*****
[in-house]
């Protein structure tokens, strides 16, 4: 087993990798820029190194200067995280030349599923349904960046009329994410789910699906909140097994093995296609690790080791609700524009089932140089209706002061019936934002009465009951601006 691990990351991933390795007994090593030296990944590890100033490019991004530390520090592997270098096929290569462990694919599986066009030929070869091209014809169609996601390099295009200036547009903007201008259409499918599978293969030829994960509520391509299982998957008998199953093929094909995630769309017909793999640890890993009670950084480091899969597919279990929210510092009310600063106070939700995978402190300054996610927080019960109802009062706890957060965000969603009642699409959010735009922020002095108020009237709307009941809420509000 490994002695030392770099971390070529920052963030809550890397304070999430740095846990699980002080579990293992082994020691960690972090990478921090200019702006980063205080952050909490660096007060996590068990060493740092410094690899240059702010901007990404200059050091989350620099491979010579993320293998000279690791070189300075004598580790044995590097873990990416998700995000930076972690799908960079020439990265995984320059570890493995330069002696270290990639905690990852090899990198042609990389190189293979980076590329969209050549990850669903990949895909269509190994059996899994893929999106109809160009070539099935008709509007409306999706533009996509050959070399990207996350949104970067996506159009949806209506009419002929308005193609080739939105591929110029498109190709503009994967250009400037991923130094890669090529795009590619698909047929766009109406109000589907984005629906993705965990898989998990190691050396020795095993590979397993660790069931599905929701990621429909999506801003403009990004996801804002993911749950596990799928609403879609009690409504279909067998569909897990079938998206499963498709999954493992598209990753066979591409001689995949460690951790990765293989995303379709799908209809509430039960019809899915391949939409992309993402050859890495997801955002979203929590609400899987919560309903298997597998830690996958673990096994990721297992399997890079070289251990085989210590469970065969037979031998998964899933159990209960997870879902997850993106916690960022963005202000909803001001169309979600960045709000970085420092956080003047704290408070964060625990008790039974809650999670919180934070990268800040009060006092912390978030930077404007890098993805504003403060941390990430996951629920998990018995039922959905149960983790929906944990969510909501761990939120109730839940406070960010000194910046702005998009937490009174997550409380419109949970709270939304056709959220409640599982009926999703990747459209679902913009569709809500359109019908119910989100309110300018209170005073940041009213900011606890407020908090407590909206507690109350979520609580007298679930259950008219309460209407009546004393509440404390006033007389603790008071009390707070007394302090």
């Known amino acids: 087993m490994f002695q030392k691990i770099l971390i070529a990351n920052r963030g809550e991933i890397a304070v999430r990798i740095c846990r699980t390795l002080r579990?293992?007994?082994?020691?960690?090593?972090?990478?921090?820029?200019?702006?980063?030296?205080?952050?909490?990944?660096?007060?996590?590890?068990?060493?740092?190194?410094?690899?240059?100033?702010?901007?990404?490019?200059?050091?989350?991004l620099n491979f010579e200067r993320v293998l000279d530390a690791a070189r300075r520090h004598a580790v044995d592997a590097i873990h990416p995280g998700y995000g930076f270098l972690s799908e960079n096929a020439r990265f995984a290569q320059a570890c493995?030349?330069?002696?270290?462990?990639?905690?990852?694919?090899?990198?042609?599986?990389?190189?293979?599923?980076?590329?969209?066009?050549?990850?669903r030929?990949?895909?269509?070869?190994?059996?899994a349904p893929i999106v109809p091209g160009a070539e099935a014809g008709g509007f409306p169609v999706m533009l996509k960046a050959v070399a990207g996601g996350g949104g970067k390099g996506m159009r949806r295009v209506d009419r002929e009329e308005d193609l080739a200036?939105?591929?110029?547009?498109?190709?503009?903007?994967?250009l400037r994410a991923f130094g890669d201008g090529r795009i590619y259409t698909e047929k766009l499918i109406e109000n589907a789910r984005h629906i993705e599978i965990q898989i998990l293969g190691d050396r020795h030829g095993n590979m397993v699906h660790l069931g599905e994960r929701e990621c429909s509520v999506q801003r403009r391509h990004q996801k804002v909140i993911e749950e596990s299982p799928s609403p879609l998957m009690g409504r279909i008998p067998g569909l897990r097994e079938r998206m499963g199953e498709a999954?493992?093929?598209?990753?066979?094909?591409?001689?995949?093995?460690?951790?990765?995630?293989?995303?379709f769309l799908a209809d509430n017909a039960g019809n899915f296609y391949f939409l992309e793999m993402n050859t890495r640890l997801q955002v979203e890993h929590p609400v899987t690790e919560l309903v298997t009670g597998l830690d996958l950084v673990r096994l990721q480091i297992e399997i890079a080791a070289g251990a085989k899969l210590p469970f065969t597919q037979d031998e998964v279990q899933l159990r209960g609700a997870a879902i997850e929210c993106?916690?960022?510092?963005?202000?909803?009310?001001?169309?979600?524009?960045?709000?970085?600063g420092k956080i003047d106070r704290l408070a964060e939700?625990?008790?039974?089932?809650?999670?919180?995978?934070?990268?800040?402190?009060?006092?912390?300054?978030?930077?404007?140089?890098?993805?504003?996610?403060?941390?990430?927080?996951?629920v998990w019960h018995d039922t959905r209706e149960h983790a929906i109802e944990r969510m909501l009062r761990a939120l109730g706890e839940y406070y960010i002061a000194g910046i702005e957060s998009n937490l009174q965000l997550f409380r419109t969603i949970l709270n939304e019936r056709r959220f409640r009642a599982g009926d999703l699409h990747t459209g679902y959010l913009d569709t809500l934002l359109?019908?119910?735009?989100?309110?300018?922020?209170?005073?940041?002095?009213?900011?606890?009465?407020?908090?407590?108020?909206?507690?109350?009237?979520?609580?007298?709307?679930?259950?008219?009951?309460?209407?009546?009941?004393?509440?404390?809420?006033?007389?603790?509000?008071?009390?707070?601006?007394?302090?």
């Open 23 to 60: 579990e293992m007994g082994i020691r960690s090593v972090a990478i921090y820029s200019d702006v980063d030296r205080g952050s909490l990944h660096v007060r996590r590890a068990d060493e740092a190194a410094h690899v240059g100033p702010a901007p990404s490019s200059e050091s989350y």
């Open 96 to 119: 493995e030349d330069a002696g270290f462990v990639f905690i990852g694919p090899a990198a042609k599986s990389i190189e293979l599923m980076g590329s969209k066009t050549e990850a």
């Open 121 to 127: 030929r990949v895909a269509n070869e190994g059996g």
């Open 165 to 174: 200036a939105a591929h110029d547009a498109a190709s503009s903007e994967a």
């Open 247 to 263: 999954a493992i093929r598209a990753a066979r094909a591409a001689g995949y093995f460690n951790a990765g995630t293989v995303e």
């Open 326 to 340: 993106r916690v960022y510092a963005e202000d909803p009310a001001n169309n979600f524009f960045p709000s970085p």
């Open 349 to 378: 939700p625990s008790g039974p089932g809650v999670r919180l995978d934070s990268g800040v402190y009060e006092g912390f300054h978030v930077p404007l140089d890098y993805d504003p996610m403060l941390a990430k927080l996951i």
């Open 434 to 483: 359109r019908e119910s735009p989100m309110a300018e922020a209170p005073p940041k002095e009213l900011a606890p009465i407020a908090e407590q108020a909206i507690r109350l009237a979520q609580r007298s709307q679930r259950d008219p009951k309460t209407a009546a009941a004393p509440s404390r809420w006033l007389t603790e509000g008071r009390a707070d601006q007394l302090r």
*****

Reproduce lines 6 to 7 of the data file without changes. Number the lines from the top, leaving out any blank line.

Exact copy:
């Open 121 to 127: 030929r990949v895909a269509n070869e190994g059996g």
């Open 165 to 174: 200036a939105a591929h110029d547009a498109a190709s503009s903007e994967a």